Other kids who lead normal lives


#1

I’m sorry but I can’t stand to hear about how well my friends kids are doing, and everything they are achieving. Does this make me a bad person? I had to deactivate all of the social media accounts, as I could no longer see pictures of kids graduating from high school, graduating from college, getting a job, having a girlfriend, living a normal life. It made me so sick to my stomach and I always ask myself, “why my son”? Why is this happening to him and to us? Why couldn’t I have been the one with this awful destructive disease, instead of him?
Do we ever run out of tears?


#2

My 16 year old has autism and is mentally disabled on top of it. So I rage at the unfairness of her missing out on all the normal things. Her younger brother may have schizophrenia like me, I get angry at the world over that, too.

No I don’t want to see the great reports from people whose kids are “just” autistic or aspberger. Other 16 year olds learning to drive while mine kept talking about it and we had to tell her she couldn’t learn.

I understand. So much.


#3

Thank you for your understanding. I’m beginning to think the “outsiders” just don’t get it. And I don’t even want to have to explain. I’ve lost all of whom I considered to be my “friends”. Their crisis and mine just do not even compare and even come close. They say what doesn’t break you will make you stronger, and there are days where I feel like I’m ok, but most days it’s just too unbearable.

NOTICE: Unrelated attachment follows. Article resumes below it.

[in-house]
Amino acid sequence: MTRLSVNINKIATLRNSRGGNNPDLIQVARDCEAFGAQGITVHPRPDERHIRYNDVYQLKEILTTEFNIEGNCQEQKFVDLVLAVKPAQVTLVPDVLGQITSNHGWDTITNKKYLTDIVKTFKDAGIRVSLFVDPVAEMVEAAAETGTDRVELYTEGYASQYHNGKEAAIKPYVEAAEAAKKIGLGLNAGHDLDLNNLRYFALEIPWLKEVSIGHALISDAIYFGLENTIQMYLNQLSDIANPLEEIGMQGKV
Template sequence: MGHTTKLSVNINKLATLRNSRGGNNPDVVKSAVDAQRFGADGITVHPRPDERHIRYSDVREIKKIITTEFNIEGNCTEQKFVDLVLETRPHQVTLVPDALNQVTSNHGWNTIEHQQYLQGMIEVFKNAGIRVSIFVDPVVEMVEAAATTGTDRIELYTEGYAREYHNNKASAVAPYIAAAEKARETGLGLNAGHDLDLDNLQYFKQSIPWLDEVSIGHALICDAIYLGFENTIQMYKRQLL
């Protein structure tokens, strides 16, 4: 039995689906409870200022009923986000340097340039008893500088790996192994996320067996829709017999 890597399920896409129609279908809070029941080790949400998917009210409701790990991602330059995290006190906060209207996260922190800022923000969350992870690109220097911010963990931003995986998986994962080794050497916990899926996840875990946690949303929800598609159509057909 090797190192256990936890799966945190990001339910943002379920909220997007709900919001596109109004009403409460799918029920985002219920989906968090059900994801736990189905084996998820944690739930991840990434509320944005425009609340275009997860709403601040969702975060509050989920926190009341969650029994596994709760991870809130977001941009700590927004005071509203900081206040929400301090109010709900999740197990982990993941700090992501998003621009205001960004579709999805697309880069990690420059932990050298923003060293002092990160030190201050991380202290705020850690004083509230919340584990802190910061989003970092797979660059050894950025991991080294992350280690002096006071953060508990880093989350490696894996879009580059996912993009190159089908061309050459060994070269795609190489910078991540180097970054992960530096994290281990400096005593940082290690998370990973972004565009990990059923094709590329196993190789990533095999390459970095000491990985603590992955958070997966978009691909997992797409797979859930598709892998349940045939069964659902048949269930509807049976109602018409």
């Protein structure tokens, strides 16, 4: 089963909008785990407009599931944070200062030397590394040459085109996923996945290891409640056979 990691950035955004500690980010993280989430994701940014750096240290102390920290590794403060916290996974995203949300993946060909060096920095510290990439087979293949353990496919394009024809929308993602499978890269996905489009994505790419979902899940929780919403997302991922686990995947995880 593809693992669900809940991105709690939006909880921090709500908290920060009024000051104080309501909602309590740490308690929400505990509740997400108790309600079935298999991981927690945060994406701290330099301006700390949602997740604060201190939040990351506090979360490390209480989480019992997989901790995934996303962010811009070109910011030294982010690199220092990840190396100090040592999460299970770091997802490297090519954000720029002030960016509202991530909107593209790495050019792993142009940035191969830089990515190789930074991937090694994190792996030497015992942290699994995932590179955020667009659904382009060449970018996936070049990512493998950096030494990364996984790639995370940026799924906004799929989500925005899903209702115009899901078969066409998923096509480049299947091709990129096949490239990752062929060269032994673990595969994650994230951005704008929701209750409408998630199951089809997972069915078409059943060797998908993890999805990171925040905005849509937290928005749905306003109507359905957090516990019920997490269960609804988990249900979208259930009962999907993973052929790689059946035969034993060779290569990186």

#4

I went off Facebook and pretty much all social media because of the persona that everyone else was leading a perfect life. I’ll tell you what, they are not. Every person is affected by mental illness in one way or another w/ 1 out of every 4 (last time I checked) having one. Try not to compare, I know its hard but when the comparing starts, then the quality of what you’ve already gained in your relationship since diagnosis can diminish.